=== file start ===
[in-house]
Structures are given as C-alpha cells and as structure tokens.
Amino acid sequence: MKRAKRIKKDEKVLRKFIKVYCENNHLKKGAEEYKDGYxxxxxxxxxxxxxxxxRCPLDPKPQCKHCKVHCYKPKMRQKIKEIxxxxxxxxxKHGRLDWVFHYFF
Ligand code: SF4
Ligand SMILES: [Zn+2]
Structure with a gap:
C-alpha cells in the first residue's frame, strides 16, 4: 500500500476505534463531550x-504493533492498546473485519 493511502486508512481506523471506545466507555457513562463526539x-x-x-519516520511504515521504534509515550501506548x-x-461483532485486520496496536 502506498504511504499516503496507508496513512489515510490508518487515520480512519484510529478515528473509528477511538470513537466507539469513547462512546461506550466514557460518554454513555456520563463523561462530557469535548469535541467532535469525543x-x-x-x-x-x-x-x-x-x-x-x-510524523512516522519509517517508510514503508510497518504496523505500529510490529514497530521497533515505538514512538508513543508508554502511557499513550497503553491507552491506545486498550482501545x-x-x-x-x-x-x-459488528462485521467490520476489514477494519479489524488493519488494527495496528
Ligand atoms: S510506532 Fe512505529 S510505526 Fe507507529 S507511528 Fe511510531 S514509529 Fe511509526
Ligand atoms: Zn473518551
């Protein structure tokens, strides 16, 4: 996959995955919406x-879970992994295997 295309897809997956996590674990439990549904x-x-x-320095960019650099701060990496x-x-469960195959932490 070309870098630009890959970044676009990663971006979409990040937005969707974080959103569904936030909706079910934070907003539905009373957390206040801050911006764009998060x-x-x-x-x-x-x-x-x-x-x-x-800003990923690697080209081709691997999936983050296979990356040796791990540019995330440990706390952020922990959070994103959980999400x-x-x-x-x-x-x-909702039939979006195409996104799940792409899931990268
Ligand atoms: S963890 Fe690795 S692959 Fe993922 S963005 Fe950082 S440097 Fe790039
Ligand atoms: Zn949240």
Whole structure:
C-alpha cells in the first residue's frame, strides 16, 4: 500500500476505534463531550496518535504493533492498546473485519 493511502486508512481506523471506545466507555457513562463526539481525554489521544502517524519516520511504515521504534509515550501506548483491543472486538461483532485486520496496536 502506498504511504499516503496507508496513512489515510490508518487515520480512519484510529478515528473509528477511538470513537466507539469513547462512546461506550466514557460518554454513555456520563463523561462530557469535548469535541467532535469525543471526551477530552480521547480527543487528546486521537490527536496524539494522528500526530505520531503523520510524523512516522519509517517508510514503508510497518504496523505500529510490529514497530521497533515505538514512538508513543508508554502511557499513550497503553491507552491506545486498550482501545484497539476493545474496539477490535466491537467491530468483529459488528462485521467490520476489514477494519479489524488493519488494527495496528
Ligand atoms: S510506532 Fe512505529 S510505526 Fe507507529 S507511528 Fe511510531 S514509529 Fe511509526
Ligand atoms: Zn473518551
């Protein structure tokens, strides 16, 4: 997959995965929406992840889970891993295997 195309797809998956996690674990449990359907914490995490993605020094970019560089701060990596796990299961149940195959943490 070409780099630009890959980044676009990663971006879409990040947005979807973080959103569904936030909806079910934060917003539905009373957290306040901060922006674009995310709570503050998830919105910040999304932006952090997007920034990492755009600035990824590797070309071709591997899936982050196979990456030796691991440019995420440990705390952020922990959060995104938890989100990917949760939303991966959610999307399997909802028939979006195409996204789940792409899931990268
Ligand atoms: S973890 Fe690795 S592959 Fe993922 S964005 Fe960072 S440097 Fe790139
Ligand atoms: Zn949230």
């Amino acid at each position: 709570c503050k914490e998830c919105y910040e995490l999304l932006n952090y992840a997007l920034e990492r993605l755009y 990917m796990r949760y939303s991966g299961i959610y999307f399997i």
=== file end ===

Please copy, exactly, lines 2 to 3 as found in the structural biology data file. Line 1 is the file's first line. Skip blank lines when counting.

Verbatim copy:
Structures are given as C-alpha cells and as structure tokens.
Amino acid sequence: MKRAKRIKKDEKVLRKFIKVYCENNHLKKGAEEYKDGYxxxxxxxxxxxxxxxxRCPLDPKPQCKHCKVHCYKPKMRQKIKEIxxxxxxxxxKHGRLDWVFHYFF